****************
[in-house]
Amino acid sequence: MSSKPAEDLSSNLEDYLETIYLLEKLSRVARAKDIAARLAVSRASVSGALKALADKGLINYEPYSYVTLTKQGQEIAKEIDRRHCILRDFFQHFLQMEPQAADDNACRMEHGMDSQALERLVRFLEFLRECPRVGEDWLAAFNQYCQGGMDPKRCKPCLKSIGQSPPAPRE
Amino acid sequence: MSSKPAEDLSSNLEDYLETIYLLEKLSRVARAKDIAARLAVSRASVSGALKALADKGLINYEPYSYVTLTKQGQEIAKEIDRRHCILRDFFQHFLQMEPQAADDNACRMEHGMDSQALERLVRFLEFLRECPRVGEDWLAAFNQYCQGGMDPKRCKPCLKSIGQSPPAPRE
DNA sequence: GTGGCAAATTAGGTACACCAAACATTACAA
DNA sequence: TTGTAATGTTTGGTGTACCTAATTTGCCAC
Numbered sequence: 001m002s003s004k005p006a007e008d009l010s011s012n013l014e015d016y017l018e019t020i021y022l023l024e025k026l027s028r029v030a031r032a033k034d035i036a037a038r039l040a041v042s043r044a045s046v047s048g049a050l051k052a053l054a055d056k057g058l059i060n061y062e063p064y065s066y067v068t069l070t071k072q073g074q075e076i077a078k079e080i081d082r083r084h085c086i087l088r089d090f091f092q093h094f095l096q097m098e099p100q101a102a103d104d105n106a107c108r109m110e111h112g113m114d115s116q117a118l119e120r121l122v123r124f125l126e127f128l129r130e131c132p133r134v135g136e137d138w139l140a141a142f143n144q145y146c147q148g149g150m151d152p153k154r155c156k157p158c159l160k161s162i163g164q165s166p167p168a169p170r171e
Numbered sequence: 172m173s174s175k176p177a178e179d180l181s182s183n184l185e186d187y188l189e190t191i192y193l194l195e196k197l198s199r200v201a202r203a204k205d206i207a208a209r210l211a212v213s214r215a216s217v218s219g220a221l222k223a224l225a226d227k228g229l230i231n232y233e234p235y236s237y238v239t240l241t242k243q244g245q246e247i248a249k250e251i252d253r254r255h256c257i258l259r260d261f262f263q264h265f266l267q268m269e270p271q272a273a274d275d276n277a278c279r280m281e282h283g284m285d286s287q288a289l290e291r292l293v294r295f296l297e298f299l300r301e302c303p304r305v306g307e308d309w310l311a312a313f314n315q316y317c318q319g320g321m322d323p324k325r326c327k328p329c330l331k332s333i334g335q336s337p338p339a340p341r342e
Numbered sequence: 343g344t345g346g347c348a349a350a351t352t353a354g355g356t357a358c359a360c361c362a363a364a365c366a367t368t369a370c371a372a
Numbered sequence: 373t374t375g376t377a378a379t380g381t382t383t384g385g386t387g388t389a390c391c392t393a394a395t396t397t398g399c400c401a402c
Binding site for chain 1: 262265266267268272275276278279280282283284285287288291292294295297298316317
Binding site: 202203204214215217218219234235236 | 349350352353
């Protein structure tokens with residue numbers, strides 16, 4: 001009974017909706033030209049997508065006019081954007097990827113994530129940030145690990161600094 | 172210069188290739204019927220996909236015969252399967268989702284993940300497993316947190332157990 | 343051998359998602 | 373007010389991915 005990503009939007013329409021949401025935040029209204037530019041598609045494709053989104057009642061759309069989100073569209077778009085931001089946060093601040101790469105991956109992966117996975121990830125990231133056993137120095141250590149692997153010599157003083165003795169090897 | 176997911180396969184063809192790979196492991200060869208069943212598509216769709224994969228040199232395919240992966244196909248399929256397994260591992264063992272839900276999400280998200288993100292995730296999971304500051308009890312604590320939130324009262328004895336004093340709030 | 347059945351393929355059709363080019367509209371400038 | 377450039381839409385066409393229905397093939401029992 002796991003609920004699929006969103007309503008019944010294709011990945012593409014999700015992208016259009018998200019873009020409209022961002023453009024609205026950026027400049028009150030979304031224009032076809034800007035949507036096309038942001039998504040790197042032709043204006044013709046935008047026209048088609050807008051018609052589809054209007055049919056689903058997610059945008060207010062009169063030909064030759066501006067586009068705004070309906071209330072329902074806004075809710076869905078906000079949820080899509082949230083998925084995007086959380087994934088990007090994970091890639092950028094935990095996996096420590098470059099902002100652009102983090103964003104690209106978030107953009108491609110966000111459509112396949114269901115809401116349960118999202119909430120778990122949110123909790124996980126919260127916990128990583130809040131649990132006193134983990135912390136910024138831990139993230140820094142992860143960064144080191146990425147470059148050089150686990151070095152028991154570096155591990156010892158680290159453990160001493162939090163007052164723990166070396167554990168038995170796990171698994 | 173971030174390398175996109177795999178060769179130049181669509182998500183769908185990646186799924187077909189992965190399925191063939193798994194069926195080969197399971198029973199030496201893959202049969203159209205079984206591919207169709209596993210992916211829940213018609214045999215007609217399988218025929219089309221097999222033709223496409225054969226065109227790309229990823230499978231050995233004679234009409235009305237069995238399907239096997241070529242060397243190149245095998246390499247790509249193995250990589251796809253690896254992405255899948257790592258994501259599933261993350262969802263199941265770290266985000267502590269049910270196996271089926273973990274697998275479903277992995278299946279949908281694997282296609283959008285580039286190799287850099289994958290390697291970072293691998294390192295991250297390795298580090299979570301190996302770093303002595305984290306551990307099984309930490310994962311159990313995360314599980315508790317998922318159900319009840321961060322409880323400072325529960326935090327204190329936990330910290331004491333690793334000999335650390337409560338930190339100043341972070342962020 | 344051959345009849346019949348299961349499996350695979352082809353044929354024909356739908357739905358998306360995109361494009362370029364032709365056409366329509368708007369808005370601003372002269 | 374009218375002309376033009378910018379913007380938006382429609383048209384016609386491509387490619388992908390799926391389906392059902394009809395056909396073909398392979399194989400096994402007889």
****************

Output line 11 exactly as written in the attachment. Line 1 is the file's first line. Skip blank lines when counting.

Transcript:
Binding site: 202203204214215217218219234235236 | 349350352353